[00107] At 1310, an apparatus implementing the method may prepare at least one of the first portion or the second portion. The preparing comprising a metallization of the at least one of the first portion or the second portion. For example, an apparatus implementing the method such as a 3-D printer 100 or 3-D printer 400 may prepare at least one of the first portion (806, 906, 1006, 1106, 1206) or the second portion (808, 908, 1008, 1108, 1208). The preparing may include a metallization of the at least one of the first portion or the second portion. A metallization may include an application of a thin layer of metal to regions of composite parts, e.g., the first portion (806, 906, 1006, 1106, 1206) and/or the second portion (808, 908, 1008, 1108, 1208), intended to adhere or bond to a cold spray deposit.

[00108] In an aspect, the first portion comprises a commercial off-the-shelf part.

[00109] In an aspect, the second portion comprises a commercial off-the-shelf part.

[00110] In an aspect, the first portion comprises a 3-D printed part.

[00111] In an aspect, the second portion comprises a 3-D printed part.

[00112] In an aspect, the second portion comprises a 3-D cold-spray printed part.

[00113] In an aspect, the first portion comprises a 3-D cold-spray printed part.

[00114] In an aspect, the second portion comprises a 3-D cold-spray printed part.

[00115] In an aspect, at least the first portion is held by a bracket during the printing of the structural joint.

[00116] In an aspect, at least the first portion is held by a robotic arm during the printing of the structural joint. [00117] In an aspect, the first portion and the second portion are touching during the printing of the structural joint.

[00118] In an aspect, at least the first portion has been prepared to allow adherence of a cold spray metal deposit.

[00119] An aspect may use a vertical assembly cell to manufacture the structural joint as a part of an assembly process.

[00120] In an aspect, at least the first portion has been built up using cold spray metal deposit.

[00121] In an aspect, the first portion comprises a first material, the second portion comprises a second material, and the structural joint comprises a third material, and wherein the first material and the third material, and the second material and the third material have metalized properly to allow strong adherence.

[00122] In an aspect, the first material and the second material comprise the same material.

[00123] In an aspect, a third material may be configured to withstand stresses on a connection of a first material to the third material.

[00124] In an aspect, a third material may be configured to withstand stresses on a connection of a second material to the third material.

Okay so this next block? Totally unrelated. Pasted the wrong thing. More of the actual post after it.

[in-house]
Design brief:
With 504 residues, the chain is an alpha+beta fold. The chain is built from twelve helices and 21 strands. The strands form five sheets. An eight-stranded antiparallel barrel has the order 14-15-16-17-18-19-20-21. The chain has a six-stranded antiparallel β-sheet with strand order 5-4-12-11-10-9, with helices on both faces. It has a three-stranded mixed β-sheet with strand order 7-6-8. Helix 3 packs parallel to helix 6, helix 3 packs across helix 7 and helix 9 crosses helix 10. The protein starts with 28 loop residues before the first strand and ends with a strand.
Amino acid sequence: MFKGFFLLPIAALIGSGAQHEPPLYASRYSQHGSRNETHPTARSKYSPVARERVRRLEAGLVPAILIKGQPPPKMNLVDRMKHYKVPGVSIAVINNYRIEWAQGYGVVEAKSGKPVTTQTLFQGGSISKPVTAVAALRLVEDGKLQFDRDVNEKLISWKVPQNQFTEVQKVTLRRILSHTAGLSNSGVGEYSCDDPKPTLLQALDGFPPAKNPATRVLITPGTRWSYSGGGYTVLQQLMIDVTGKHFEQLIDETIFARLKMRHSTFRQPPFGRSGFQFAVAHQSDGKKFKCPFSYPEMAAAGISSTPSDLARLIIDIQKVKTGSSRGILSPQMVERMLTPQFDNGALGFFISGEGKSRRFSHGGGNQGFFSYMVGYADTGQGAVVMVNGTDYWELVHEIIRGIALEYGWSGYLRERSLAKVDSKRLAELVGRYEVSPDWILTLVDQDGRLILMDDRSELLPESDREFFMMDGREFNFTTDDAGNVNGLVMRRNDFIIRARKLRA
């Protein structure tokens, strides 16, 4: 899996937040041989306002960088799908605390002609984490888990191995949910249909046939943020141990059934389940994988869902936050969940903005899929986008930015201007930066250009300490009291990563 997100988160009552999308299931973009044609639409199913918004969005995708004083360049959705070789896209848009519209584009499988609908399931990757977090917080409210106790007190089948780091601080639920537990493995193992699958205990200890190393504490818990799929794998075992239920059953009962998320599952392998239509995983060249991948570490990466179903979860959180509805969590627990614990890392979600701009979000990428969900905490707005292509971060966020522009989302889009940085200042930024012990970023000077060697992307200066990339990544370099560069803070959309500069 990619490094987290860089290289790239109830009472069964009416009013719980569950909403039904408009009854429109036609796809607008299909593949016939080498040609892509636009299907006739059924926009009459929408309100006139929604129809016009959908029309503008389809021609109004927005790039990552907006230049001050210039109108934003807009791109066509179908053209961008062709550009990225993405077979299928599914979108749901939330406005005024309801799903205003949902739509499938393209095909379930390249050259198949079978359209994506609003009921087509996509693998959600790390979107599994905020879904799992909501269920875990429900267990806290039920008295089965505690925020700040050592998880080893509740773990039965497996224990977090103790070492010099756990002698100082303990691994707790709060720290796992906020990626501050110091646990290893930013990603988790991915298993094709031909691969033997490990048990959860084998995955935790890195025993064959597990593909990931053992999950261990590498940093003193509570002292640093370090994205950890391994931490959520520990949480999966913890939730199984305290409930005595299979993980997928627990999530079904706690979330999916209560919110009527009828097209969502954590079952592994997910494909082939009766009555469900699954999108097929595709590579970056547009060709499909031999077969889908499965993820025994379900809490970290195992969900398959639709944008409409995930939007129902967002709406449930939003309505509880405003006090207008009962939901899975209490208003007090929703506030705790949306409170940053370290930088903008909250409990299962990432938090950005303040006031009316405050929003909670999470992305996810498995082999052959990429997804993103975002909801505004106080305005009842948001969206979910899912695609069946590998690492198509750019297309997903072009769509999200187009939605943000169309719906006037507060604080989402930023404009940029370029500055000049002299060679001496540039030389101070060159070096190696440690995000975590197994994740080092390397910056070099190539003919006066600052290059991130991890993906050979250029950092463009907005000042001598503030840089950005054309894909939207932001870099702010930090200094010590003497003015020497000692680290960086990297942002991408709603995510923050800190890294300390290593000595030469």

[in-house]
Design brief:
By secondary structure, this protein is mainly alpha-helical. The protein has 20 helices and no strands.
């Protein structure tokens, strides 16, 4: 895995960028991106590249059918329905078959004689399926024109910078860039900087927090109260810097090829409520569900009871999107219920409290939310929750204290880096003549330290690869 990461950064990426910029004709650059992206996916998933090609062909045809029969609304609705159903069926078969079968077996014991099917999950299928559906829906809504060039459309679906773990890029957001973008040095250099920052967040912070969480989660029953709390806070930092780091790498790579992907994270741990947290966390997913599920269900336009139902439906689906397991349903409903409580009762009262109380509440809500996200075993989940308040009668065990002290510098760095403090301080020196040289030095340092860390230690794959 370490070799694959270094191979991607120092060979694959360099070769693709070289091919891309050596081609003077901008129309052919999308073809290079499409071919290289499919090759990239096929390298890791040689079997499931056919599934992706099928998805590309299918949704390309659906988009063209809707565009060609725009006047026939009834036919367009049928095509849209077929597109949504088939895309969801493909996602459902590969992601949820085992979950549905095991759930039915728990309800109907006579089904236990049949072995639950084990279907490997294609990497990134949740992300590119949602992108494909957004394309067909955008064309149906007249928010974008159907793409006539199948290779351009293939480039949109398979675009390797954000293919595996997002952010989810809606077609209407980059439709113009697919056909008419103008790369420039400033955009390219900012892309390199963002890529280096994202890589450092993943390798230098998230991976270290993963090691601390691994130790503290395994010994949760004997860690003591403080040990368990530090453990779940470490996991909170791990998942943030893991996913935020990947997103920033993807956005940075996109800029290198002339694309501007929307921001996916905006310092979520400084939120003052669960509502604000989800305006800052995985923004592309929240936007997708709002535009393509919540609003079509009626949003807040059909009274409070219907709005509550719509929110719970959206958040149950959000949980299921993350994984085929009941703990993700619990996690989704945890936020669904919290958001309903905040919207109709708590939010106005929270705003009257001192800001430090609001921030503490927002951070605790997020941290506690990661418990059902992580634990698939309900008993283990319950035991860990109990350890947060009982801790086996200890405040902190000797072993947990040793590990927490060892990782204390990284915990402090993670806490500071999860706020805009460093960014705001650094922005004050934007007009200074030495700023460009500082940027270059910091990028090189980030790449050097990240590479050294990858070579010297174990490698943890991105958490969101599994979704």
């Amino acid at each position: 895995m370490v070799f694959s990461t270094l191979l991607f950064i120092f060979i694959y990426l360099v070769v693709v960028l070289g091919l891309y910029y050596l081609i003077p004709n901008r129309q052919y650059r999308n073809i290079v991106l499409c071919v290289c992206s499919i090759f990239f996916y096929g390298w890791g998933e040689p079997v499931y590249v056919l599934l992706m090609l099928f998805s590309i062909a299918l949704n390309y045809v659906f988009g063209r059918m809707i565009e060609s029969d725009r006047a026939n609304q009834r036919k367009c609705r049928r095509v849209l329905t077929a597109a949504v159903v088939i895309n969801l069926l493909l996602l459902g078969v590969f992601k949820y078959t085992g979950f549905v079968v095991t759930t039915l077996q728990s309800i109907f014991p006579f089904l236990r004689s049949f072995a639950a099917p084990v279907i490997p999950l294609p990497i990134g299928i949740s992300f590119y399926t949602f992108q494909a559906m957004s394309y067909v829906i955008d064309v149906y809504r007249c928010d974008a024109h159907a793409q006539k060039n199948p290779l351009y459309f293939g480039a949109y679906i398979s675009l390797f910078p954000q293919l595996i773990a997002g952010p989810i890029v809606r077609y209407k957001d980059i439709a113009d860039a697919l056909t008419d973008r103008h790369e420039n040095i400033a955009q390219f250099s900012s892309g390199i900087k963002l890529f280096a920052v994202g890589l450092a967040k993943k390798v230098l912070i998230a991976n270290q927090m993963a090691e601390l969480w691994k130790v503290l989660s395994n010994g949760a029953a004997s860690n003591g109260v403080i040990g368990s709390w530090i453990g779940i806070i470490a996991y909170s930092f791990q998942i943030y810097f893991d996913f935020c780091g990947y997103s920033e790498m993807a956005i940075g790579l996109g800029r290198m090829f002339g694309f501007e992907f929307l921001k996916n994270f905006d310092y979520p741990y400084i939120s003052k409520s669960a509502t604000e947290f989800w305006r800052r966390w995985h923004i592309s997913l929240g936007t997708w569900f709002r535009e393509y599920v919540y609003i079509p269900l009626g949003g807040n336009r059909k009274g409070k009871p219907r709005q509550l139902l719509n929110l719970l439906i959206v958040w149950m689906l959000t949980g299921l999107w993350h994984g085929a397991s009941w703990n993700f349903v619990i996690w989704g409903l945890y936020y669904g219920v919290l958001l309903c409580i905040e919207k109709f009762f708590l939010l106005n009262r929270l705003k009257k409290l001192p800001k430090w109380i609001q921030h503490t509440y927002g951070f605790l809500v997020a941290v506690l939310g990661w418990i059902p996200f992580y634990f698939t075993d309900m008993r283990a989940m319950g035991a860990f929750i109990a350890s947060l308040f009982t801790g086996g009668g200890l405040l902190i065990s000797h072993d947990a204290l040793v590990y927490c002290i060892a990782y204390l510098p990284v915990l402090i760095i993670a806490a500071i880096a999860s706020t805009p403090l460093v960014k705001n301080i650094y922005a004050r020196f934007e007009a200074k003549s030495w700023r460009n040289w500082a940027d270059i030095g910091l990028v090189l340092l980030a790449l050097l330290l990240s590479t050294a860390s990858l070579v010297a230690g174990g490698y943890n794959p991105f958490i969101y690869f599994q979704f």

[00125] FIG. 14 illustrates an example of a manufacturing cell 1400 of a system for manufacturing a vehicle. The manufacturing cell may be vertical assembly cell. As described below, the vertical assembly cell may increase degrees of freedom and allows access for the cold spray gun to deposit metal at each site of contact between two pieces. The manufacturing cell 1400 is configured for assembling a frame 1403 of a vehicle. The manufacturing cell 1400 includes a positioner 1412, a robot carrier 1422 and a robot 1432. The positioner 1412 is configured to receive a fixture table 1442, where the fixture table 1442 is configured to hold the frame 1403. The term “frame” may also be referred as“space frame”,“smart frame”,“chassis”,“supporting structure”, or“supporting components” of a vehicle.

[00126] As shown in FIG. 14, the robot carrier 1422 includes a vertical lift 1424, where the vertical lift includes a vertical column l424a and a shelf l424b, where the shelf l424b is movably attached to the vertical column l424a, and extends radially outwards from the vertical column l424a. The shelf l424b is movable along a vertical direction. The robot 1432 is mounted on the shelf 1424b and is configured to assemble the frame 1403. The positioner 1412 is configured to support the frame 1403 in a vertical position, or a primarily vertical position, during an assembling process of the frame 1403. [00127] The robot carrier 1422 may further includes a rotary base 1426. For example, the vertical lift 1424 is attached to the rotary base 1426. The base 1426 has a base central axis 1428, where the base 1426 is configured to be rotatable around the base central axis 1428. The robot carrier 1422 is configured to support the robot 1432. In this embodiment, the robot carrier 1422 has 2 degrees of freedom, vertical movement and rotation. The robot carrier 1422 has an independent rotation of the vertical lift column l424a. Since the base 1426 is configured to be rotatable around the base central axis 1428, the vertical column l424a mounted on the base 1426 is rotatable around the base central axis 1428 as well.